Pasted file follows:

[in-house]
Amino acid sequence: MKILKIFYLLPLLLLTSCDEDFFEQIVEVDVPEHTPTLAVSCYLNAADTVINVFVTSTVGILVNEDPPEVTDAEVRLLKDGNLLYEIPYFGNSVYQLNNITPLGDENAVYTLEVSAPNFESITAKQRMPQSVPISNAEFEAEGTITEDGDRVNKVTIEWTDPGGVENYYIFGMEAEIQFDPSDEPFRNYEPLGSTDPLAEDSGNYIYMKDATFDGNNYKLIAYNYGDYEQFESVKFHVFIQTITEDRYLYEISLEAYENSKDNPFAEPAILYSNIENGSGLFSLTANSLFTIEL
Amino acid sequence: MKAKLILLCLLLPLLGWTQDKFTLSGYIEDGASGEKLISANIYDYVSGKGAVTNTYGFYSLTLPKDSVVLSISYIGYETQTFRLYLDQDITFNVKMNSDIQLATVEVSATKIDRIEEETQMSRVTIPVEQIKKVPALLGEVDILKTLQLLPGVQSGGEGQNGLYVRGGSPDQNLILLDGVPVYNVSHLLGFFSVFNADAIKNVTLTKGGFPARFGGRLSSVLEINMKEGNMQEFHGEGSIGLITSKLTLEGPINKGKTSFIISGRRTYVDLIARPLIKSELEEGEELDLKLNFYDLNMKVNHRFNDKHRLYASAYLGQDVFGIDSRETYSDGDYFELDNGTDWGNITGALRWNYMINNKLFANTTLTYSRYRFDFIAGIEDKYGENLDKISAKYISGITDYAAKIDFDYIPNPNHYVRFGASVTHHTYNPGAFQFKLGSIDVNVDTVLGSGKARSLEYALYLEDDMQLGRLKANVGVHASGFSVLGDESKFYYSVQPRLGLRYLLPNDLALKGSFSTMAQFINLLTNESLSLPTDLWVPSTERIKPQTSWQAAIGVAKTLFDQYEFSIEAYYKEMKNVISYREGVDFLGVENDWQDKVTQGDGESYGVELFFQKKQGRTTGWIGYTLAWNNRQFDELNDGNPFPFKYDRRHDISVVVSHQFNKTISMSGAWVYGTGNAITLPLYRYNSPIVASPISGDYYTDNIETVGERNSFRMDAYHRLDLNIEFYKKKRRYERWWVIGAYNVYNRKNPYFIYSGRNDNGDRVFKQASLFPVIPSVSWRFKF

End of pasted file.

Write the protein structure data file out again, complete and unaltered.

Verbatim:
[in-house]
Amino acid sequence: MKILKIFYLLPLLLLTSCDEDFFEQIVEVDVPEHTPTLAVSCYLNAADTVINVFVTSTVGILVNEDPPEVTDAEVRLLKDGNLLYEIPYFGNSVYQLNNITPLGDENAVYTLEVSAPNFESITAKQRMPQSVPISNAEFEAEGTITEDGDRVNKVTIEWTDPGGVENYYIFGMEAEIQFDPSDEPFRNYEPLGSTDPLAEDSGNYIYMKDATFDGNNYKLIAYNYGDYEQFESVKFHVFIQTITEDRYLYEISLEAYENSKDNPFAEPAILYSNIENGSGLFSLTANSLFTIEL
Amino acid sequence: MKAKLILLCLLLPLLGWTQDKFTLSGYIEDGASGEKLISANIYDYVSGKGAVTNTYGFYSLTLPKDSVVLSISYIGYETQTFRLYLDQDITFNVKMNSDIQLATVEVSATKIDRIEEETQMSRVTIPVEQIKKVPALLGEVDILKTLQLLPGVQSGGEGQNGLYVRGGSPDQNLILLDGVPVYNVSHLLGFFSVFNADAIKNVTLTKGGFPARFGGRLSSVLEINMKEGNMQEFHGEGSIGLITSKLTLEGPINKGKTSFIISGRRTYVDLIARPLIKSELEEGEELDLKLNFYDLNMKVNHRFNDKHRLYASAYLGQDVFGIDSRETYSDGDYFELDNGTDWGNITGALRWNYMINNKLFANTTLTYSRYRFDFIAGIEDKYGENLDKISAKYISGITDYAAKIDFDYIPNPNHYVRFGASVTHHTYNPGAFQFKLGSIDVNVDTVLGSGKARSLEYALYLEDDMQLGRLKANVGVHASGFSVLGDESKFYYSVQPRLGLRYLLPNDLALKGSFSTMAQFINLLTNESLSLPTDLWVPSTERIKPQTSWQAAIGVAKTLFDQYEFSIEAYYKEMKNVISYREGVDFLGVENDWQDKVTQGDGESYGVELFFQKKQGRTTGWIGYTLAWNNRQFDELNDGNPFPFKYDRRHDISVVVSHQFNKTISMSGAWVYGTGNAITLPLYRYNSPIVASPISGDYYTDNIETVGERNSFRMDAYHRLDLNIEFYKKKRRYERWWVIGAYNVYNRKNPYFIYSGRNDNGDRVFKQASLFPVIPSVSWRFKF